Spectre and Meltdown vulnerabilities discovered
ESET Customer Advisory 2018-0001
January 4, 2018
ESET has recently learned about vulnerabilities called Spectre and Meltdown that affect almost all Intel, AMD and ARM processors. ESET is one of the few third-party security solutions already compatible with Microsoft’s emergency patches (released January 3rd, 2018) that fix these vulnerabilities.
On January 4, 2018, at 7:45 AM CET, ESET released Antivirus and antispyware scanner module 1533.3 for all consumer and business users. This update marks the system as compatible to download important security patches for Microsoft Windows. At the time of writing, ESET is one of only three AV vendors to support the patches, with others set to receive the updates starting tomorrow.
Why it's important to use a Microsoft-compatible solution such as ESET
While testing the patch on Windows operating systems, Microsoft determined that some third-party vendors experienced issues with the patch related to internal changes in the Windows kernel that could result in stop errors (also known as BSODs).
These calls may cause stop errors that make the device unable to boot. To help prevent stop errors caused by incompatible antivirus applications, Microsoft is only offering the Windows security updates released on January 3, 2018 to devices running anti-virus software from partners who have confirmed their software is compatible with the January 2018 Windows operating system security update.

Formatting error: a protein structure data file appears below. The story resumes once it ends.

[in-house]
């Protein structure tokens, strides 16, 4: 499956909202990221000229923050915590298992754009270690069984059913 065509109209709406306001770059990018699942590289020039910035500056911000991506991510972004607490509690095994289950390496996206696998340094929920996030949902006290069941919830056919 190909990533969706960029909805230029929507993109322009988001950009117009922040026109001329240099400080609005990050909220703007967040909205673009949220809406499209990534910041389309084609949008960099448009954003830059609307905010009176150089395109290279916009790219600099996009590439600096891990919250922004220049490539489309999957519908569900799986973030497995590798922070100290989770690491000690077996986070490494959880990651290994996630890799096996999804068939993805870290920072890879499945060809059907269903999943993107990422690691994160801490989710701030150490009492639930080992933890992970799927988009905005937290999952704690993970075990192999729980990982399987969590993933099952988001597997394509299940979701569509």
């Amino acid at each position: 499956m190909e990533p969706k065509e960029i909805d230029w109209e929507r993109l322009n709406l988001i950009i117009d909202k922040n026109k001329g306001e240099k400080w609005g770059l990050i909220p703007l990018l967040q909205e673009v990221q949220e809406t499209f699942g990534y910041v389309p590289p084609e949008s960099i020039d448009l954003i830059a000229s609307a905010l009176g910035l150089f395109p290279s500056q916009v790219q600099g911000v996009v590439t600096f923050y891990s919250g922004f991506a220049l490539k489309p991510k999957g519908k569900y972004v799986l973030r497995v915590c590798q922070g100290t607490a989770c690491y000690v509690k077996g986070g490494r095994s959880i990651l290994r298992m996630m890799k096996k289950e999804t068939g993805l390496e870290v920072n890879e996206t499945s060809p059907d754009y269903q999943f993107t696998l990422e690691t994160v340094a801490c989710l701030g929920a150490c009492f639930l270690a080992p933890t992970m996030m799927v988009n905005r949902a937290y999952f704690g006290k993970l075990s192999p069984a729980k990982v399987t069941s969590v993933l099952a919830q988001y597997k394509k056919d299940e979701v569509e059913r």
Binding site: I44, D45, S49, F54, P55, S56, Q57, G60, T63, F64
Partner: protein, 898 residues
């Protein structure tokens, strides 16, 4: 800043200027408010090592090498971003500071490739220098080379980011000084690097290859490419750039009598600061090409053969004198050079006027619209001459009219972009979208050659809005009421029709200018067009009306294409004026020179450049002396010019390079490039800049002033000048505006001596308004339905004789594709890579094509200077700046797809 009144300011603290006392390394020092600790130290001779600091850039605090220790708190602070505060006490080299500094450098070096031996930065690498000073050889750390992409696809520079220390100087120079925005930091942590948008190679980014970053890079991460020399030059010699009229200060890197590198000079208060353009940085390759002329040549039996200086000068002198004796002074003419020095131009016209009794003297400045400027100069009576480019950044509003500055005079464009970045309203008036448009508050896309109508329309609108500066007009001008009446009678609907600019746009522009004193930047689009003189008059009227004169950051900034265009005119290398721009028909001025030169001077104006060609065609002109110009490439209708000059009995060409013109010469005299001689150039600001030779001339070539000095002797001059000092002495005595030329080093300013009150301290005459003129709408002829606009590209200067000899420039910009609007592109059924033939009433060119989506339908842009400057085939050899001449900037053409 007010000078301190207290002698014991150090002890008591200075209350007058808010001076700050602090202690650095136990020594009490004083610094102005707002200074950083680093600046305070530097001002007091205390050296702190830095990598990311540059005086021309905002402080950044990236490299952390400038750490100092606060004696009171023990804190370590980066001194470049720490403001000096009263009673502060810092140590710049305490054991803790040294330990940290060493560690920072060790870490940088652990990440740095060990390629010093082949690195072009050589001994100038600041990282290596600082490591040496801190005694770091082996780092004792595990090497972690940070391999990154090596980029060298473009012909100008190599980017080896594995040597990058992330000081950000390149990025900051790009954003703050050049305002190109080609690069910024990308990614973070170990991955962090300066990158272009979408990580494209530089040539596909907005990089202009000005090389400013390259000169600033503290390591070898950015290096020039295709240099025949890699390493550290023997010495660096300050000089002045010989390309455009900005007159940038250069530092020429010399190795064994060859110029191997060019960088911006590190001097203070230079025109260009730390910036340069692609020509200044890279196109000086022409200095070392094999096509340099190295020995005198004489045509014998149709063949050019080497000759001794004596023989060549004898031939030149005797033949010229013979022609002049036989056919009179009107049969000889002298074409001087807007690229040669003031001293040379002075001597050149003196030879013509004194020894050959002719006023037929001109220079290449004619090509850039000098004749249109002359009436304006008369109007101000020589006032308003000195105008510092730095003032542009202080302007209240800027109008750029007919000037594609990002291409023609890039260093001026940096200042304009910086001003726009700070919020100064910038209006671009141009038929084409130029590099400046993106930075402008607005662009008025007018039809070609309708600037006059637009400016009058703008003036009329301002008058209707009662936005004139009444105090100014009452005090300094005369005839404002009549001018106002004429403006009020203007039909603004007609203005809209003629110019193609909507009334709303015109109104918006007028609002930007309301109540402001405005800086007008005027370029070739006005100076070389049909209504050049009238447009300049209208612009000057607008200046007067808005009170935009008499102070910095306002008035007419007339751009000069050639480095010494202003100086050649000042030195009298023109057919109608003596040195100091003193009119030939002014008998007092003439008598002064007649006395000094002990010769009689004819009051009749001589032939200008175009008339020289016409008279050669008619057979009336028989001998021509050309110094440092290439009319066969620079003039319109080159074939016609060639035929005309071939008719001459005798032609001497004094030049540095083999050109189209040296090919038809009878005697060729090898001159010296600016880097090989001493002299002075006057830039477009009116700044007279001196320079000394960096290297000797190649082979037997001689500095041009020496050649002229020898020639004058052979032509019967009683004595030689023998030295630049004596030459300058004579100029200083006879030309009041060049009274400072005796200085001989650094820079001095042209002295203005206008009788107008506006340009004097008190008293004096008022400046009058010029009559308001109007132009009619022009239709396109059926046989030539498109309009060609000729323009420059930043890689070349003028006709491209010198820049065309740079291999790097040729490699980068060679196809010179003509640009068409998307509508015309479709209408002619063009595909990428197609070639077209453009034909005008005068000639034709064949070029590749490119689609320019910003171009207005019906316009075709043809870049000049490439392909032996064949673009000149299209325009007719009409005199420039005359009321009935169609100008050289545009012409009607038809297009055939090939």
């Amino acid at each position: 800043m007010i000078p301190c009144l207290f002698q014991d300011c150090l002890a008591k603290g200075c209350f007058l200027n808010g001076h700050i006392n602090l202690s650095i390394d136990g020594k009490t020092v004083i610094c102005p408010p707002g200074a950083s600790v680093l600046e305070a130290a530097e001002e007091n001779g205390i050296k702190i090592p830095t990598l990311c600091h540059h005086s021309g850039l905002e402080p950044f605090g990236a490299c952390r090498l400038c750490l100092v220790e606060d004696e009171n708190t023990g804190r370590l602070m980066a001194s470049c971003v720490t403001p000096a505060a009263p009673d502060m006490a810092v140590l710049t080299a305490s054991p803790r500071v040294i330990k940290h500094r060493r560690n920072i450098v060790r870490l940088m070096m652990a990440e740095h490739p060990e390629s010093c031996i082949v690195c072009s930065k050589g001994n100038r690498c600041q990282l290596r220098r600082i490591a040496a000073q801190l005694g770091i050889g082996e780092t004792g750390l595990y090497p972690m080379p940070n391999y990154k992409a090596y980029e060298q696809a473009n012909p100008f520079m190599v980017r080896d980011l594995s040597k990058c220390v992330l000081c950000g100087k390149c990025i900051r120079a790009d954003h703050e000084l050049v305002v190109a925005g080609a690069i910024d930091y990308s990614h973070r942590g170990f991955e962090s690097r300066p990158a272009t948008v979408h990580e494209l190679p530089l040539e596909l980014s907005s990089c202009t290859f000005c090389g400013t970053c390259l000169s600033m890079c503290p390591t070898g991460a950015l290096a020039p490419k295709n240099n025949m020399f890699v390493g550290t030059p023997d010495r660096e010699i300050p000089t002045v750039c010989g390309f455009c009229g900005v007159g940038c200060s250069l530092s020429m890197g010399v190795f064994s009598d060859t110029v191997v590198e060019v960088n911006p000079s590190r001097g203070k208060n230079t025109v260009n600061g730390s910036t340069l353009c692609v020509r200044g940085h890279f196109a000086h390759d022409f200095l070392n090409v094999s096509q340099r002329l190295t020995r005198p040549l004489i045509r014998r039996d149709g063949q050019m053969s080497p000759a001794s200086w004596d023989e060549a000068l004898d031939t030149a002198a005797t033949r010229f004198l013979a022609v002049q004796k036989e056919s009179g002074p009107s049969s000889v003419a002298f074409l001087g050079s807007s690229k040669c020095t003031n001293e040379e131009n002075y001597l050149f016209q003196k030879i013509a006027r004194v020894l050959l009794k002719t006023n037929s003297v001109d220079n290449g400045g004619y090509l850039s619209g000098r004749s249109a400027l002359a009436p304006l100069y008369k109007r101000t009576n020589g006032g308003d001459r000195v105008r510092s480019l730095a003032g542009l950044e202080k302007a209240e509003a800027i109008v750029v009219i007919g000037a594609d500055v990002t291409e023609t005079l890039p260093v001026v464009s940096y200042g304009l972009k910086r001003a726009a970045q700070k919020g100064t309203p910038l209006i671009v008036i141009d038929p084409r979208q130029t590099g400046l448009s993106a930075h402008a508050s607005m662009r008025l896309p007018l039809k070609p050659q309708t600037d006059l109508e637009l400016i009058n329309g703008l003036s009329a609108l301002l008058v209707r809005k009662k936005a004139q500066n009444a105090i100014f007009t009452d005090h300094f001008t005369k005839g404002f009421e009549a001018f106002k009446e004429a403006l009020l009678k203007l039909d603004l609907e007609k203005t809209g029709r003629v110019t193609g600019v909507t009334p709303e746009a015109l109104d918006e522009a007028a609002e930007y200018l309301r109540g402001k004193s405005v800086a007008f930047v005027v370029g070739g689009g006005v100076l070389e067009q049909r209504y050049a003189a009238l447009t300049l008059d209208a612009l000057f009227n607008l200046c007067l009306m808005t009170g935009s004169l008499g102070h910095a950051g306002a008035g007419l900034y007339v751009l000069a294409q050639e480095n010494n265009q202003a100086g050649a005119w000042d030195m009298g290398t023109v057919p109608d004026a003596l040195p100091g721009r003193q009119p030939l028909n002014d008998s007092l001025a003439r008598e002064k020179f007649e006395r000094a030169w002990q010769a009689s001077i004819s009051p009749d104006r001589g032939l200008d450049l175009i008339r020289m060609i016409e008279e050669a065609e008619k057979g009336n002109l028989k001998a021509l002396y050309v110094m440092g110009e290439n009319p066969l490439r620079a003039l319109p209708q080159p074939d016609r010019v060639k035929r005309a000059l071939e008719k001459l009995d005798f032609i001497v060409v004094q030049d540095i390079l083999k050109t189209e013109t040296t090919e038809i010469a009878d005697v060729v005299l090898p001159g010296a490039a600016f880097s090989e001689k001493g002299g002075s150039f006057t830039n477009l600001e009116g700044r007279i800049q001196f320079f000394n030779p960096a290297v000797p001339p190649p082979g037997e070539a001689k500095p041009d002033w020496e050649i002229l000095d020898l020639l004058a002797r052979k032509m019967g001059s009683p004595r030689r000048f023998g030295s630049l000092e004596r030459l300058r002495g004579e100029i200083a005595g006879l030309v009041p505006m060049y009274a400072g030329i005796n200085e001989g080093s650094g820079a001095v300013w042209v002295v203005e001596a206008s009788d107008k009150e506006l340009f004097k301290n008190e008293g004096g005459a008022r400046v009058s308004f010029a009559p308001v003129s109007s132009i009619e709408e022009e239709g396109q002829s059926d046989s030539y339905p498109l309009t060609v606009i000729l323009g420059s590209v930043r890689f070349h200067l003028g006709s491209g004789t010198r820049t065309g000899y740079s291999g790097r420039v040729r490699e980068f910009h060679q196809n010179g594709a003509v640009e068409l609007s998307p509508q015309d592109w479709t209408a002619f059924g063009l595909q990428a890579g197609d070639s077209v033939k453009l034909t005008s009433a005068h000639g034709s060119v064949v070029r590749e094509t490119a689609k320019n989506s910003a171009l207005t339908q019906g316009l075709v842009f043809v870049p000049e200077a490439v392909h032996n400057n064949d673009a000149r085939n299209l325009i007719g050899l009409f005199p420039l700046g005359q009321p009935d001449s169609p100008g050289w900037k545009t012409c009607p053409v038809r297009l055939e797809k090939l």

The Spectre and Meltdown vulnerabilities, published on January 3, 2018, are byproducts of optimization techniques designed to increase the performance of modern processors.
These techniques are called "out-of-order" and "speculative" execution. They allow the processor to make better use of time it would have to spend waiting unnecessarily before executing the next instruction to pre-compute further results which may or may not be used in the execution flow.
These pre-computed results, if not used, are discarded – but, as researchers have shown, there are side-effects left by such precomputation which are not disposed of thoroughly enough and can sometimes be leaked to the potential attacker.
As stated by researchers, there are theoretical ways that antivirus software could detect the problem. However, detection would have a negative impact on device performance, and significantly influence user experience; it would be a less effective approach than prevention. Therefore, we recommend that users take the following steps:
Keep track of any related patches for their systems and apply them as soon as possible
Keep all other software updated, including web browsers
- Be on the lookout for phishing emails which are still the number one way for hackers to get a foothold on your computer
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Version 1.3 (January 4, 2018): This is the fourth revision of this document